500 signatures reached
To: Fiona Kerr, First Glasgow Managing Director And Humza Yousaf, Transport Minister
Scrap Glasgow Bus Fare Increases, Re-regulate Buses
1. First Bus scrap the latest fare increases, followed by an independent review of passengers to establish what are truly affordable journey prices.
2. The Scottish Government enact legislation to re-regulate bus services across Scotland. This would remove contracts from profiteers like First Bus, Stagecoach or McGill’s, and place responsibility for serving our communities with publicly owned and democratically run bus companies.
Why is this important?
Enough is Enough. The latest fare increases from First Bus to the cost of travelling in Glasgow are a hike too far.
FirstDay tickets are going from from £4.30 to £4.50 and the network-wide ticket increases 25p to £6.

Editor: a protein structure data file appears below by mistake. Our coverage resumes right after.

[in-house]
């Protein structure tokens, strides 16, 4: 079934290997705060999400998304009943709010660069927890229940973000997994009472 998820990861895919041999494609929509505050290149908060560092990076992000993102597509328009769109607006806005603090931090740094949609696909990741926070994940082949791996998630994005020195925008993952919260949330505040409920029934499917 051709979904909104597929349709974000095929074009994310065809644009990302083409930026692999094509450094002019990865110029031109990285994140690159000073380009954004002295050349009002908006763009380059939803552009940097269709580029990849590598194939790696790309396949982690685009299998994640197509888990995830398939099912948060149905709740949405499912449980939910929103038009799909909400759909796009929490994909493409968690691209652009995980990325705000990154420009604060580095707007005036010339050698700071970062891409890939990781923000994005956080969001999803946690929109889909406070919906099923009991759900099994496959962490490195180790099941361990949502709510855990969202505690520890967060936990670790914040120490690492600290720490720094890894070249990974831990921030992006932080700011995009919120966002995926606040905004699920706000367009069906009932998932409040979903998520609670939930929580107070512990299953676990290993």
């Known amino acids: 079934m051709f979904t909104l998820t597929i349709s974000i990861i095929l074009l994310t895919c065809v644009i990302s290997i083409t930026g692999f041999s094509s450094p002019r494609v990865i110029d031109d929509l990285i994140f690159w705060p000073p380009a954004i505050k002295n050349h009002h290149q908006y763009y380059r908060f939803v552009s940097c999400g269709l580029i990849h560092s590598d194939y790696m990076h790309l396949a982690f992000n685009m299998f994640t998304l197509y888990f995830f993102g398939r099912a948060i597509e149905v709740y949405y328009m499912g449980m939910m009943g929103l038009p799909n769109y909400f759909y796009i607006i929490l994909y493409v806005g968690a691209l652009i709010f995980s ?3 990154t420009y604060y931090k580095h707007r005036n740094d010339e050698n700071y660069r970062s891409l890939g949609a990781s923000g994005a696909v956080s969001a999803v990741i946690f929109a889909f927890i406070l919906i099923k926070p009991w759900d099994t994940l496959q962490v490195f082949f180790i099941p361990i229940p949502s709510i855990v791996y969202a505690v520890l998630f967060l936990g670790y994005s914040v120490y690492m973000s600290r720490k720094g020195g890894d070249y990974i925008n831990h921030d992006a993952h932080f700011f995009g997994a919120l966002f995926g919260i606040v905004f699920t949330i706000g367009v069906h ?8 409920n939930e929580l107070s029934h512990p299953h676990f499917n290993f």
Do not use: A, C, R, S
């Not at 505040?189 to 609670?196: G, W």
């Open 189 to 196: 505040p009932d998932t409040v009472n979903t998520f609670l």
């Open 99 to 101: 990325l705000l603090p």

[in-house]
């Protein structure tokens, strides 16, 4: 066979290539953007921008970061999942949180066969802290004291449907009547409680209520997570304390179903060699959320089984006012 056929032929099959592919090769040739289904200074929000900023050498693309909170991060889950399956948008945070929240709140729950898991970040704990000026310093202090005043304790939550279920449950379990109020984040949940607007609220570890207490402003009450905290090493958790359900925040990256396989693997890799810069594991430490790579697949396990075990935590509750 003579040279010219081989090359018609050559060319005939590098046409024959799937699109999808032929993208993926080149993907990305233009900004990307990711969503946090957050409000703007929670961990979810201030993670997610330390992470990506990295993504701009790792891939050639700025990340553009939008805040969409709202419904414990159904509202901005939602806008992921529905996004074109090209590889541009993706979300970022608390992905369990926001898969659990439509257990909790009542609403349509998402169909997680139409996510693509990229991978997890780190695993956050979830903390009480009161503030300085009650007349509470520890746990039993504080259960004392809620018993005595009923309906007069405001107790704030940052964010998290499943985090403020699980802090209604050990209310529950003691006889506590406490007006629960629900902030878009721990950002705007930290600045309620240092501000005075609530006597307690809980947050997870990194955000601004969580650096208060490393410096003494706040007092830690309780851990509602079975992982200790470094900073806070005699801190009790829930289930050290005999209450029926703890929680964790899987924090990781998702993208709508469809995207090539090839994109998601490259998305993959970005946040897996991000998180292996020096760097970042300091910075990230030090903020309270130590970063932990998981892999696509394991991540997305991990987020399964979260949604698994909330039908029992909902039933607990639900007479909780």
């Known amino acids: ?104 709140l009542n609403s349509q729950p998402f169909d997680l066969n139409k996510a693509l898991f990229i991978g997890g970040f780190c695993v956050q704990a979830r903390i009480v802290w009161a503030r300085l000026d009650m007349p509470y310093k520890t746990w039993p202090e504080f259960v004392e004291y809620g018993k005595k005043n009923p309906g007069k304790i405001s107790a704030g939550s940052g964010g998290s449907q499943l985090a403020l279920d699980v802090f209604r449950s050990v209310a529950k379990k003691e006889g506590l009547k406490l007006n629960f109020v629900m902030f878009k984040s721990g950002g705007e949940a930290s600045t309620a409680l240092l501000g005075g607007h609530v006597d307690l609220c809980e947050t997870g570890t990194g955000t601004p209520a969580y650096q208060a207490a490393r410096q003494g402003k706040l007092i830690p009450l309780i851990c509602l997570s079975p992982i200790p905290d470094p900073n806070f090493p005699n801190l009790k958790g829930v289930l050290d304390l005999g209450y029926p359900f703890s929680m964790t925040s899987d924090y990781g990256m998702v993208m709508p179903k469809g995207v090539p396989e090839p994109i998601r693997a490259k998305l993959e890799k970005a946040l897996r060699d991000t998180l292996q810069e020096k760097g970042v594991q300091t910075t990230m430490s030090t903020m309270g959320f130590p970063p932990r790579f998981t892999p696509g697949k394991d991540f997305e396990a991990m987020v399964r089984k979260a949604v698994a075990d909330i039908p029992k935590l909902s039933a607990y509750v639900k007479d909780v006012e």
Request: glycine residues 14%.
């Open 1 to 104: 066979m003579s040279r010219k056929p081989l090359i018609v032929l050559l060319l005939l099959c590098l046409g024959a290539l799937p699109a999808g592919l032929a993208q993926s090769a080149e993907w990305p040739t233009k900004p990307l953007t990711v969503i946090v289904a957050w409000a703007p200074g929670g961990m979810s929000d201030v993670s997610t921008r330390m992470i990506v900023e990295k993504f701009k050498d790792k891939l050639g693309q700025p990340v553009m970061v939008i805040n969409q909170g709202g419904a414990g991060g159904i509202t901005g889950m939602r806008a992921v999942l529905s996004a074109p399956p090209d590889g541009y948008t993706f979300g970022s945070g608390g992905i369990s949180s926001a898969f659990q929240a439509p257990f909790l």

A five-stop journey has gone from 95p to £1:05, to £1:15, £1:20 and now £1:40, a jump of a third in just 3 years.
The Aberdeen-based multinational reported an 80% increase in profits last year to £105.8m, so for a city struggling under the impact of austerity these hikes are hard to justify. We are calling on First to scrap these increased charges, in a recognition that the people of Glasgow cannot afford to push their profits any higher this year.
Although they have their own issues with fare increases, user surveys regularly show much higher rates of passenger satisfaction in Edinburgh than Glasgow. In the capital, instead of a private corporation the buses remain municipally owned.
It is long past time for the Scottish Government to take action against all of Scotland’s monopolistic, profiteering and in cases corrupt local bus operators. Bus re-regulation is an essential move to ensure local communities are once again served by effective, affordable, fully integrated and publicly owned transport services.
Buses were de-regulated by Margaret Thatcher in 1985, creating a corporate free-for-all. The SNP supported bus re-regulation, until in 2007 they received significant support from Stagecoach tycoon Brian Souter, and dropped the idea.